Meditations on Early Writing:
….On Camp Letters
(…an excerpt from an unpublished novel, about a writer…but that’s another story…)
Back in the day, before we were virtual, we used to keep postcards and letters in shoeboxes. The girls would write on stationery, cool yellow sheets about the size of a paperback. Sometimes cute white dots would frame the page, matching in a profound way the very round, bubbly handwriting of the girls whose notes you copied.
The boys scribbled and drew cartoons right in the middle of sentences. They were Vonnegut-style letters, before any of us had ever read Vonnegut, disjointed and scrawled and somehow fitting together into a personality, if not a coherent series of thoughts.
We sent these to each other during the summer, when one of us was away at camp, the other bored to death at home. We equaled roughly the sum of the letters we received, how many people missed us enough to write us doodle-y notes about nothing.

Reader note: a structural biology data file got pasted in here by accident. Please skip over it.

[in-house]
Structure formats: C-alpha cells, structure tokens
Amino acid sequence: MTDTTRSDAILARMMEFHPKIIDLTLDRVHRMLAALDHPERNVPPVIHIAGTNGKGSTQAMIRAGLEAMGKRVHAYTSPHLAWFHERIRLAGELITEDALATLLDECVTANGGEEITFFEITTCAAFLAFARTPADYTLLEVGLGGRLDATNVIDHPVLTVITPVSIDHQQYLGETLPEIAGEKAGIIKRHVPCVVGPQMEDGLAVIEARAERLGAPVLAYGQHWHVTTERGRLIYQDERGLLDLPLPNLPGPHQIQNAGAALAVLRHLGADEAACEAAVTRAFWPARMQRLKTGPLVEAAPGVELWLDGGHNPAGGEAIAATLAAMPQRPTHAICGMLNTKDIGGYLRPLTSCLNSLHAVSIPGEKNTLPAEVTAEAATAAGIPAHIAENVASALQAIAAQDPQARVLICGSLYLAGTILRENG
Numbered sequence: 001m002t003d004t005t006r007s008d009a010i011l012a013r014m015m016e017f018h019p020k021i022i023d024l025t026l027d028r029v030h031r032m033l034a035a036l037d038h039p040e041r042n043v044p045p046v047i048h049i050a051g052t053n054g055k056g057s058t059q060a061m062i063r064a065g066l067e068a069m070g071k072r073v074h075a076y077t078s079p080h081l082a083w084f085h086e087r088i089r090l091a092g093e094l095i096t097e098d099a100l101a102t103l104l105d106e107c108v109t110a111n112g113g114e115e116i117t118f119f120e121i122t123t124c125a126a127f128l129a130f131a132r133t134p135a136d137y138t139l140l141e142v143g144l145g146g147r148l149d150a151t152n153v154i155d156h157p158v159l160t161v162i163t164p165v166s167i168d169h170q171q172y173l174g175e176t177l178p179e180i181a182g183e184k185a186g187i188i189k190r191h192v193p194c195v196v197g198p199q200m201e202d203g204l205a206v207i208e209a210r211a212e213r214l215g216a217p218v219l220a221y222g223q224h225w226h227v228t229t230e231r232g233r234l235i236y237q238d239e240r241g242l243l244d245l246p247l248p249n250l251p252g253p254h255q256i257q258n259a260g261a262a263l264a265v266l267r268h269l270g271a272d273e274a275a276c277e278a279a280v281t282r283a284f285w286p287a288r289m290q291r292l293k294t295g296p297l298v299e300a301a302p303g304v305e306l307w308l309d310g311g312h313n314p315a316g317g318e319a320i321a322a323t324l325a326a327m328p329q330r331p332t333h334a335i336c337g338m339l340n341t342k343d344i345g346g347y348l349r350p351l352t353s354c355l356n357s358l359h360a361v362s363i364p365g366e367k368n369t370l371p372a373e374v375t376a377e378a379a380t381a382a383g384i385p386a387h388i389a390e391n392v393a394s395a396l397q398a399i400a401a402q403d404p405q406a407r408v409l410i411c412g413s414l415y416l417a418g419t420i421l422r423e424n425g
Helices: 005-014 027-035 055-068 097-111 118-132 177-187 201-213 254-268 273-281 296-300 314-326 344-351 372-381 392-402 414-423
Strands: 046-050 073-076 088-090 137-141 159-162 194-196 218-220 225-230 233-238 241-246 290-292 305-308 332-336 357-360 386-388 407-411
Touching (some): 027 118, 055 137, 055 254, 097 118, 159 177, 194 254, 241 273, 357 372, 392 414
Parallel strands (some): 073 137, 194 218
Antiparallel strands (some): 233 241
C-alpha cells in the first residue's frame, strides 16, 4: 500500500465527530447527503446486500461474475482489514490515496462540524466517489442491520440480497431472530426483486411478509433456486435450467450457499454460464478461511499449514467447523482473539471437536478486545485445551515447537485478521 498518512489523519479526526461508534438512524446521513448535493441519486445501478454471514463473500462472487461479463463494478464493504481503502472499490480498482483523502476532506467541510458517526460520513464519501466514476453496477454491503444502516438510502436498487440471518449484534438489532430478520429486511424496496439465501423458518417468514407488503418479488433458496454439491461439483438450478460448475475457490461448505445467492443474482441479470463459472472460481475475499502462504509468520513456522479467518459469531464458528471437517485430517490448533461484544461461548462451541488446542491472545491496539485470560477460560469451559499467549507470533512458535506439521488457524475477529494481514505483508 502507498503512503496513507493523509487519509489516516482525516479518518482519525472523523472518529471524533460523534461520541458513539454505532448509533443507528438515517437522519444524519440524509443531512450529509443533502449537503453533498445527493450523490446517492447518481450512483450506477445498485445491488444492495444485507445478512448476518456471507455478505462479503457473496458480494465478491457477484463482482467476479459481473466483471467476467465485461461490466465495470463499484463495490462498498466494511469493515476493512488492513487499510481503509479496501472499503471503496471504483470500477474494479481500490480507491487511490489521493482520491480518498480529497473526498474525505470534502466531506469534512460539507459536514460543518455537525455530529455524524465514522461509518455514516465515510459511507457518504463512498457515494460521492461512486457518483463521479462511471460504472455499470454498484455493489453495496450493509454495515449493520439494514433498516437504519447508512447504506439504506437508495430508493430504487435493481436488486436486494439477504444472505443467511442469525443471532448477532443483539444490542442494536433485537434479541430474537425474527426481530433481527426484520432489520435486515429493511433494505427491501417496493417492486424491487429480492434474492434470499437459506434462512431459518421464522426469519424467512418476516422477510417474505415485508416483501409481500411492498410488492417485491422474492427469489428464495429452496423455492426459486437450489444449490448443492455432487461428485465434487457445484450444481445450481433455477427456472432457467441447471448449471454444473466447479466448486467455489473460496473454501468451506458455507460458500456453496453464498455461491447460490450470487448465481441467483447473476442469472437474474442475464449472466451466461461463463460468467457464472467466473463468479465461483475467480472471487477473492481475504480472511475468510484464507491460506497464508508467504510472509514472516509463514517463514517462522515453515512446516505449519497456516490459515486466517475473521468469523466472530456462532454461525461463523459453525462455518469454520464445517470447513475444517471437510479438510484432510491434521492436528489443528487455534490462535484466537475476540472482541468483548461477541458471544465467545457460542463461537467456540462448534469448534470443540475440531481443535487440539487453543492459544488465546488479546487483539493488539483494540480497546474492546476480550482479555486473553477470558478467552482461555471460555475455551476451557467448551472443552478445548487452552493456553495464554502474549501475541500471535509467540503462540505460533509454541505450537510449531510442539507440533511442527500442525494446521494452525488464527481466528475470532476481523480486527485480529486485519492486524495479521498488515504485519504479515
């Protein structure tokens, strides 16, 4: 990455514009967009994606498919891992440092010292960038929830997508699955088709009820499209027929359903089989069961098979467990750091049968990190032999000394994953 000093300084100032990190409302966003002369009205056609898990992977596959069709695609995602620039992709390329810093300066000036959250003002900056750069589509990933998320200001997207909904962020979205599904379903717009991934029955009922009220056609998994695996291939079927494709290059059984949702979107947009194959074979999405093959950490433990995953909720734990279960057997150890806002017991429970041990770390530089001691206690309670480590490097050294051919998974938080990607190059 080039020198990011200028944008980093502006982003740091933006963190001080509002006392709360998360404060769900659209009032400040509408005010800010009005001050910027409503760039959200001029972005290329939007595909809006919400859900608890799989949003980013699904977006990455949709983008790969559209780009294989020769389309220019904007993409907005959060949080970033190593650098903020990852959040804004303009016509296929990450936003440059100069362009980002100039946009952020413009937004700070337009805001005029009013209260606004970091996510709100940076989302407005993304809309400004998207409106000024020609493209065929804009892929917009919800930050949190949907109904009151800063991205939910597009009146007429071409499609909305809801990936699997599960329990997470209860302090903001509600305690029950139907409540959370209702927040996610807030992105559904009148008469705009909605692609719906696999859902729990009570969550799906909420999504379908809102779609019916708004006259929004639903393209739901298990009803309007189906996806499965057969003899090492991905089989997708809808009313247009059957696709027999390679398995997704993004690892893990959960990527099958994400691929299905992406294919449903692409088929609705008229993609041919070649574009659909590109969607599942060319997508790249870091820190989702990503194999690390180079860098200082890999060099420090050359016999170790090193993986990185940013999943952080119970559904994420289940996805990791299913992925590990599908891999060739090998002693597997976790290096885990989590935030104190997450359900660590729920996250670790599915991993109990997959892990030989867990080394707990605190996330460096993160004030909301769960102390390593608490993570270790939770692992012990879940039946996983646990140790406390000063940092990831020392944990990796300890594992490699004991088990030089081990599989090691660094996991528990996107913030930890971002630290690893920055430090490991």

And we kept them. In shoeboxes that some of us are just now collecting from our mothers, who are unexpectedly sick of playing hostess to our childhoods. We sometimes read these letters now and we are shocked, not at how far away it all seems, but at how close, how similar.
We are sweetly familiar to ourselves, and it dawns on us that perhaps we always have been.
…And now, the letters somehow mean something more than the friend or more-than-friend ever did; the admirer who saw fit to imagine us once is today the same as the ink. Incubating in those shoeboxes are echoes of us, chaotic scraps of becoming something.
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